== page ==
Using the Flattery SketchUp Plugin I created a fordable model created out of 5 sheets of paper. You can cut them out using an old school method of a razor blade or you can cut them faster with a laser cutter. So from 3D to 2D and back to 3D!
Thanks to everyone who voted for this project in the past!
Please vote for my sustainable compact modern Lego home, Atomic Yellow! Also checkout more pictures at the voting page! Click Here or on the image below. By voting you will help 26LAB win a ton of LEGOs.
Next Limit Technologies has come up with a great affordable plugin for SketchUp, a simpler version of their very powerful Maxwell Render. Here are some quick one click renders using only SketchUp materials, sunlight, and environment. See SketchUp exported images here.
There seems to be some limitations with advanced interior lighting, if there is not a lot of daylight but, who designs without daylighting anymore. For $95 and one click not too bad! There is a great set of starter tutorials that walk you through the interface as well as a large library of Maxwell textures and skies available for your rendering pleasure. Your SketchUp materials can also be saved with the Maxwell render settings for ease of use later. As you can see from my portfolio, I am not a huge fan of photo-realistic renderings. I find my time better spent on designing instead of waiting for renderings. With the new plugin though I can now have the best of both worlds without a lot of hassle. Overall the Maxwell plugin is a well priced, simple, and powerful addition to your SketchUp workflow.
The first up for the night was Aedas/HOK, PierEscape. The most interesting portion of their project was the redesign of the Navy Pier entry it was recreated into a more natural marsh habitat with interesting look out point to view the city and the pier and some cool lighting sculptures.
Next was AECOM/BIG Pier +, easily the winner of the night. We will have to see what Field Operations comes up with another one of my favorite firms. I am a pretty big BIG fan but there are a few reasons why, he is one of the best presenters of our time and his designs are usually quite thoughtful.
Their presentation was well presented and well thought out, like the first date scenario that could take place at the new pier. It takes advantage of the existing facilities and takes them to the next level.Great new winter sledding spot would maybe bring people to the Pier during their slowest season. They also turned the green house into a great urban hydroponic garden with actual fish, not just a fish pattern on the floor. Also it was refreshing to see an addition of a non-architectural solution, the Pier + card and app. With the app you could control one of the interactive fountains.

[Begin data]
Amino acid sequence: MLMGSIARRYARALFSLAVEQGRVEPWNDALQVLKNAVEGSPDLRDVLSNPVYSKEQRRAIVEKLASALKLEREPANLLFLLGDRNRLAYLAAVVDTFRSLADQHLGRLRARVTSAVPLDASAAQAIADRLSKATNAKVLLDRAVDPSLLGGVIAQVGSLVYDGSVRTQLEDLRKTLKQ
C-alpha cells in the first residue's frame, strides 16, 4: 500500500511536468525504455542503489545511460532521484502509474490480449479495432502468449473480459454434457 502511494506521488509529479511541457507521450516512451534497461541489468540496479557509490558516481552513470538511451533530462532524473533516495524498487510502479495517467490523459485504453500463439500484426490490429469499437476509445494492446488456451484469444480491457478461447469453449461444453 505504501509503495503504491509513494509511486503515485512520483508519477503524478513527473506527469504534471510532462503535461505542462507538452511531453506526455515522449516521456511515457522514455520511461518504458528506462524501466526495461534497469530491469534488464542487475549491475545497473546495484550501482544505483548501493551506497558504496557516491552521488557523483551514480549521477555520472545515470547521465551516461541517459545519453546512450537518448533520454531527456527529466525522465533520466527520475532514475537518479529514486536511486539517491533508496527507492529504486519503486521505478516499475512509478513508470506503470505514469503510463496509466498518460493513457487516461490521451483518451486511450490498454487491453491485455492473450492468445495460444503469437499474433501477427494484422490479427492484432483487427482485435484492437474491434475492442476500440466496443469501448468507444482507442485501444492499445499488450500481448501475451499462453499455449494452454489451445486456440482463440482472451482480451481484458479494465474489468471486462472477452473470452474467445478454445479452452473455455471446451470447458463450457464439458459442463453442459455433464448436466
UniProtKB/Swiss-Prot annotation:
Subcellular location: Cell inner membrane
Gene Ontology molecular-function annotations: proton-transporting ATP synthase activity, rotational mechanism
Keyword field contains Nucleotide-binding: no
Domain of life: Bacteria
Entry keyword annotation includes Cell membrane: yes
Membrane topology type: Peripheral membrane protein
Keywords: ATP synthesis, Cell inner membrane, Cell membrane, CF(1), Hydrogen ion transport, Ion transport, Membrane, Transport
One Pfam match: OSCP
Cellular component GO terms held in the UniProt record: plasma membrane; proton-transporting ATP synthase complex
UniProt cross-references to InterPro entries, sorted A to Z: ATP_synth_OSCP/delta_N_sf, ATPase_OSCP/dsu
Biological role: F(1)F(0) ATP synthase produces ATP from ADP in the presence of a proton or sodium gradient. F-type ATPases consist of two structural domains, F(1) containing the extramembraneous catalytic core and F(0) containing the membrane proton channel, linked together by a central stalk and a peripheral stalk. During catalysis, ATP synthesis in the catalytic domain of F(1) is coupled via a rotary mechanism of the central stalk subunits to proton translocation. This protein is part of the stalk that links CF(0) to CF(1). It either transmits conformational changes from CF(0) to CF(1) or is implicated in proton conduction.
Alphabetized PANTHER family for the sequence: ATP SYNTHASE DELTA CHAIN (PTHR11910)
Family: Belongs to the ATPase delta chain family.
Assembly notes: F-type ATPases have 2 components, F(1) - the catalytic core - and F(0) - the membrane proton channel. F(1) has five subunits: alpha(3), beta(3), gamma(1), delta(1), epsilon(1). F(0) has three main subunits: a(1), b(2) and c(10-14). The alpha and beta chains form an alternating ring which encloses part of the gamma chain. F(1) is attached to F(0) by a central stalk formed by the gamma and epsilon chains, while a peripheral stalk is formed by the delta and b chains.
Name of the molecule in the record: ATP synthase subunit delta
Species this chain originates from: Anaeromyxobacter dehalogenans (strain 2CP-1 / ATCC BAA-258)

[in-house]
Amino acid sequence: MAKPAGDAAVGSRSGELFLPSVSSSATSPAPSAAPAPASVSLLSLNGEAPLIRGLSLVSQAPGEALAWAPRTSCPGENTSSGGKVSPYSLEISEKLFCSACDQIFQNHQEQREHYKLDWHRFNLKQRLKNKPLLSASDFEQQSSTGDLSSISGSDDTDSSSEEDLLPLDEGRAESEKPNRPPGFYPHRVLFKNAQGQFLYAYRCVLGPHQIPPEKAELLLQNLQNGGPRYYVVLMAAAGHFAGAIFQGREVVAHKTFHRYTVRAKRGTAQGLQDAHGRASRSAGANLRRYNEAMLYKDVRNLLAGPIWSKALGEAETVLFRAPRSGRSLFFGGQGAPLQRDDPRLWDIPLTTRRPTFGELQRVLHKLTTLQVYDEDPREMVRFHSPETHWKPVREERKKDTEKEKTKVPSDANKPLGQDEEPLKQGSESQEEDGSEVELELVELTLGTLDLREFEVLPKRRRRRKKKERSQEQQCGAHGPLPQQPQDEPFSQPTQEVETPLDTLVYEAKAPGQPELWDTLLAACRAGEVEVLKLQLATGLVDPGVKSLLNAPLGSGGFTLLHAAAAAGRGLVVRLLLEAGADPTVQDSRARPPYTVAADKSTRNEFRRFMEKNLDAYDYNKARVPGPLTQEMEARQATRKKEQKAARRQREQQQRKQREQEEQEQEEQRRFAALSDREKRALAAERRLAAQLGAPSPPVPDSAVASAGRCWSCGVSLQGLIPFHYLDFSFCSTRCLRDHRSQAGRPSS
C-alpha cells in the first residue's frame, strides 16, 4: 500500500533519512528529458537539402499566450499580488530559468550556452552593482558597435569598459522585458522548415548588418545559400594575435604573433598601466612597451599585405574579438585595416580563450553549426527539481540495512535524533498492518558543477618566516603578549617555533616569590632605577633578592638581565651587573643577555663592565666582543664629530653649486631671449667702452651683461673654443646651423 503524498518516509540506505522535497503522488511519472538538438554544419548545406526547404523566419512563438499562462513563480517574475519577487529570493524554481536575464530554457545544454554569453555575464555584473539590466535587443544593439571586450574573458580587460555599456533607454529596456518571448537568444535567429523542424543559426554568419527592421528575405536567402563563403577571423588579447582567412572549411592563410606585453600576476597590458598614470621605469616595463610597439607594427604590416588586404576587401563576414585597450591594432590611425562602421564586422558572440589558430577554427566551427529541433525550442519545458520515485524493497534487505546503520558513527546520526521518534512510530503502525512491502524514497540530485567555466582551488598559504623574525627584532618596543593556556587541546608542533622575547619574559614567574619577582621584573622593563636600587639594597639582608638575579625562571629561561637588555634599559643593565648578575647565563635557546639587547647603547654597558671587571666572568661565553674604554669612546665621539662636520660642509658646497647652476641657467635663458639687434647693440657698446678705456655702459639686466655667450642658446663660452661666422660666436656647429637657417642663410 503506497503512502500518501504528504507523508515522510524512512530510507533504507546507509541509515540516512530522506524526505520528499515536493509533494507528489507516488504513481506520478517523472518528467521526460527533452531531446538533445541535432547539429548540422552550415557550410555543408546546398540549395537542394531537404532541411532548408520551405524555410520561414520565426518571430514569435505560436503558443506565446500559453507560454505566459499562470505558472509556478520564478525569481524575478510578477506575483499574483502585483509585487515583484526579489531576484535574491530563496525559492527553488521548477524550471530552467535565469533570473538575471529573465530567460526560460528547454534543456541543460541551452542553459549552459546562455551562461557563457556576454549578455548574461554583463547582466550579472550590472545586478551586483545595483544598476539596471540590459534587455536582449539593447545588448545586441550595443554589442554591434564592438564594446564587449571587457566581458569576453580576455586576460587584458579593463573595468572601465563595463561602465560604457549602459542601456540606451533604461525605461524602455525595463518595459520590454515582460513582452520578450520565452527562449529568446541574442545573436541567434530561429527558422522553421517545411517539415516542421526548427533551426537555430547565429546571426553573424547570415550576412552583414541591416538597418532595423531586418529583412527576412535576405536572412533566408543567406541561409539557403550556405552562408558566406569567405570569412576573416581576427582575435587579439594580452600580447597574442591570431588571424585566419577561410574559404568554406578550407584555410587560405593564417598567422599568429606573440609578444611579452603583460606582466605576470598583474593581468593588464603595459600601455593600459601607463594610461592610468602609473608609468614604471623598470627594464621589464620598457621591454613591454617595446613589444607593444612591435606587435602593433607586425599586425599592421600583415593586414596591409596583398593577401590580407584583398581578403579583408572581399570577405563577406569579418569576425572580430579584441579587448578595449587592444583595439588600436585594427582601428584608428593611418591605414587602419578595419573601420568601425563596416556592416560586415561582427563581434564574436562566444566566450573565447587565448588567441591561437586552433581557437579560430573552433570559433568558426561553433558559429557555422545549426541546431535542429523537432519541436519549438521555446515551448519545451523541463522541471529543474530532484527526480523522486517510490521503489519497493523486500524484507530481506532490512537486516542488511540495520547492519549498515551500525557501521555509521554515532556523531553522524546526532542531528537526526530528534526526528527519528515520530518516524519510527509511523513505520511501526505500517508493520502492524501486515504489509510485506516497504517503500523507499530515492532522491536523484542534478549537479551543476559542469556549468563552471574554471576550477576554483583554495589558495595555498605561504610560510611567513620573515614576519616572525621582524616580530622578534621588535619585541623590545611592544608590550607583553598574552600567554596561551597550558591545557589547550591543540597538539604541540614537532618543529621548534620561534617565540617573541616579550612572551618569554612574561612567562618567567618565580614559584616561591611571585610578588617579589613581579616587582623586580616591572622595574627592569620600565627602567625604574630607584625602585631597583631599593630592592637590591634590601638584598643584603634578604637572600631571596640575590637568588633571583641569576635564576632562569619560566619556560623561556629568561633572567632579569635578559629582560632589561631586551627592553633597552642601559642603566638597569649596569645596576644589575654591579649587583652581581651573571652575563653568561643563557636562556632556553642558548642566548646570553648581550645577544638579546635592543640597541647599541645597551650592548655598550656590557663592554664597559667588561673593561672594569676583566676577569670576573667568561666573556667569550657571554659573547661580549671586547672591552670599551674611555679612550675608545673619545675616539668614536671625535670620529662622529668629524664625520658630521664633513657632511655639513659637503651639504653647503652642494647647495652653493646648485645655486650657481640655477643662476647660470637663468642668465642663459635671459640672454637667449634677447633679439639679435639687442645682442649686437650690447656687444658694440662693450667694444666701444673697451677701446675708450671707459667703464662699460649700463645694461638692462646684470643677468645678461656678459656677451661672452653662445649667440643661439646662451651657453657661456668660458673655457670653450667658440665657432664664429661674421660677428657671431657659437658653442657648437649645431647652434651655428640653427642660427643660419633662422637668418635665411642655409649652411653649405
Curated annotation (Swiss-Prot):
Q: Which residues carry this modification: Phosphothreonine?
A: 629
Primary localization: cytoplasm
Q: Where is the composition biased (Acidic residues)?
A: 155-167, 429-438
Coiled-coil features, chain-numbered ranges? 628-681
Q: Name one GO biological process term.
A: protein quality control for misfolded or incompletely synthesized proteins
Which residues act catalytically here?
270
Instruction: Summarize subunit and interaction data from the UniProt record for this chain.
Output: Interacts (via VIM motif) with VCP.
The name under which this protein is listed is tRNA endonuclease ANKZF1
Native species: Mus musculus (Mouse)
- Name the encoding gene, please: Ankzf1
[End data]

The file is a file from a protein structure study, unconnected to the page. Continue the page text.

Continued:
The last team !melk, Great Pier. They also had a good solution to the entrance of the Pier “business in the front party/park in the back.” The space would be a great activator to bring new people to Navy Pier. Their project included a glacier sculpture and theme.
For more information about all of the designs you can see them on display at CAF in Chicago or visit Navy Pier Vision website for all of the video presentations.
What a great way to bring in the new year with a bit of fun. Whenever I would describe this project to one of my non-architect friends they immediately think “bounce house.” That may not necessarily be a bad thing, bounce houses bring back memories of fun and maybe a rolled ankle or two.
To be more architectural about the inflatable Bike Parking Oasis. It was created with the quote from Buckminster Fuller, and Norman Foster in mind. “How much does your building weigh?” Also an Arch-documentary by Norman Foster. We saw the film at last year’s Chicago Architectural Film Festival in Chicago, where we also met Bjarke Ingels.
It does not get much lighter than a portable inflatable structure that defines space and provides seating. The project also pushes the boundaries for some, in that it takes up a “valuable” car parking space. The title of the project comes from the sometimes vast desert of adequate bike parking in many areas around the city. If bicycles are supposed to follow all of the same rules of the road as vehicles, why are they not granted the same parking rights? For more details about the project, click on the image above.
Many more projects currently in the works for 2012. Architecture, furniture, objects, 26lab curriculum, paper toys, graphics, and more DukeTIP Keep an eye out!